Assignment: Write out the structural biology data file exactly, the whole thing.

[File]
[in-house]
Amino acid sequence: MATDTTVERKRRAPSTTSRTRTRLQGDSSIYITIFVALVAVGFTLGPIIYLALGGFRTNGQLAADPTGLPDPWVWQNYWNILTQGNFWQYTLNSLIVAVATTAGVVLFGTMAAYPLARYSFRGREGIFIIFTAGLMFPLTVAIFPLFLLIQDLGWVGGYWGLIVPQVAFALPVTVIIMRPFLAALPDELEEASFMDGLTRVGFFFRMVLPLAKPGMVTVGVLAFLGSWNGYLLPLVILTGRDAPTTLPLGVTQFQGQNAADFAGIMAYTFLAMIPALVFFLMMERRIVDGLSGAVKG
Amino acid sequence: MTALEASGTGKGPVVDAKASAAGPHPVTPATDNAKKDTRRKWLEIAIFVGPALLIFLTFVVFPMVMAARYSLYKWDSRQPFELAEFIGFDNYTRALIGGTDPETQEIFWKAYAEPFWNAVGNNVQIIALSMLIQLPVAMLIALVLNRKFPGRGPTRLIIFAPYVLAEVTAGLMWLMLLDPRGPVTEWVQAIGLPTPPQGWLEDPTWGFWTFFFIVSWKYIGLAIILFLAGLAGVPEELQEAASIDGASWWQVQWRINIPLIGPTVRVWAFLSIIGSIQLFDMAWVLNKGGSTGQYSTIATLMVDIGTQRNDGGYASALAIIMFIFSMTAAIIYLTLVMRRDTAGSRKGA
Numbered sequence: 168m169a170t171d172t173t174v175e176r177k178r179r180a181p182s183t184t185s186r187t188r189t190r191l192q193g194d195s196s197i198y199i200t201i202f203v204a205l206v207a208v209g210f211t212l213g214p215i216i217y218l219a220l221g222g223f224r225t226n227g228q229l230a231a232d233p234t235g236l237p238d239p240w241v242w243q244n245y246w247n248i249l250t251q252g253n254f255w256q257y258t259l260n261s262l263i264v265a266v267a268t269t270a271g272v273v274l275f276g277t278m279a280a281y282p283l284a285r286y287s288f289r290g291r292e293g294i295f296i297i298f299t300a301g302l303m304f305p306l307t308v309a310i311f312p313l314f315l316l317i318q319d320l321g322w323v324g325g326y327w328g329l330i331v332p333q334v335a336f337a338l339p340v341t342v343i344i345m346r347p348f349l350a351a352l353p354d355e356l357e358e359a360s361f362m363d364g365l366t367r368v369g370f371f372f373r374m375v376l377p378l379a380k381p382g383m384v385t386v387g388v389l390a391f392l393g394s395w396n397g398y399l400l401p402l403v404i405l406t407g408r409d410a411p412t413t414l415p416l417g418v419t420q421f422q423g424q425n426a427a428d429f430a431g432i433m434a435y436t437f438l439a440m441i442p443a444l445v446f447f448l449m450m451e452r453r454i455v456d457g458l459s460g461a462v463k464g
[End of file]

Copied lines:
[in-house]
Amino acid sequence: MATDTTVERKRRAPSTTSRTRTRLQGDSSIYITIFVALVAVGFTLGPIIYLALGGFRTNGQLAADPTGLPDPWVWQNYWNILTQGNFWQYTLNSLIVAVATTAGVVLFGTMAAYPLARYSFRGREGIFIIFTAGLMFPLTVAIFPLFLLIQDLGWVGGYWGLIVPQVAFALPVTVIIMRPFLAALPDELEEASFMDGLTRVGFFFRMVLPLAKPGMVTVGVLAFLGSWNGYLLPLVILTGRDAPTTLPLGVTQFQGQNAADFAGIMAYTFLAMIPALVFFLMMERRIVDGLSGAVKG
Amino acid sequence: MTALEASGTGKGPVVDAKASAAGPHPVTPATDNAKKDTRRKWLEIAIFVGPALLIFLTFVVFPMVMAARYSLYKWDSRQPFELAEFIGFDNYTRALIGGTDPETQEIFWKAYAEPFWNAVGNNVQIIALSMLIQLPVAMLIALVLNRKFPGRGPTRLIIFAPYVLAEVTAGLMWLMLLDPRGPVTEWVQAIGLPTPPQGWLEDPTWGFWTFFFIVSWKYIGLAIILFLAGLAGVPEELQEAASIDGASWWQVQWRINIPLIGPTVRVWAFLSIIGSIQLFDMAWVLNKGGSTGQYSTIATLMVDIGTQRNDGGYASALAIIMFIFSMTAAIIYLTLVMRRDTAGSRKGA
Numbered sequence: 168m169a170t171d172t173t174v175e176r177k178r179r180a181p182s183t184t185s186r187t188r189t190r191l192q193g194d195s196s197i198y199i200t201i202f203v204a205l206v207a208v209g210f211t212l213g214p215i216i217y218l219a220l221g222g223f224r225t226n227g228q229l230a231a232d233p234t235g236l237p238d239p240w241v242w243q244n245y246w247n248i249l250t251q252g253n254f255w256q257y258t259l260n261s262l263i264v265a266v267a268t269t270a271g272v273v274l275f276g277t278m279a280a281y282p283l284a285r286y287s288f289r290g291r292e293g294i295f296i297i298f299t300a301g302l303m304f305p306l307t308v309a310i311f312p313l314f315l316l317i318q319d320l321g322w323v324g325g326y327w328g329l330i331v332p333q334v335a336f337a338l339p340v341t342v343i344i345m346r347p348f349l350a351a352l353p354d355e356l357e358e359a360s361f362m363d364g365l366t367r368v369g370f371f372f373r374m375v376l377p378l379a380k381p382g383m384v385t386v387g388v389l390a391f392l393g394s395w396n397g398y399l400l401p402l403v404i405l406t407g408r409d410a411p412t413t414l415p416l417g418v419t420q421f422q423g424q425n426a427a428d429f430a431g432i433m434a435y436t437f438l439a440m441i442p443a444l445v446f447f448l449m450m451e452r453r454i455v456d457g458l459s460g461a462v463k464g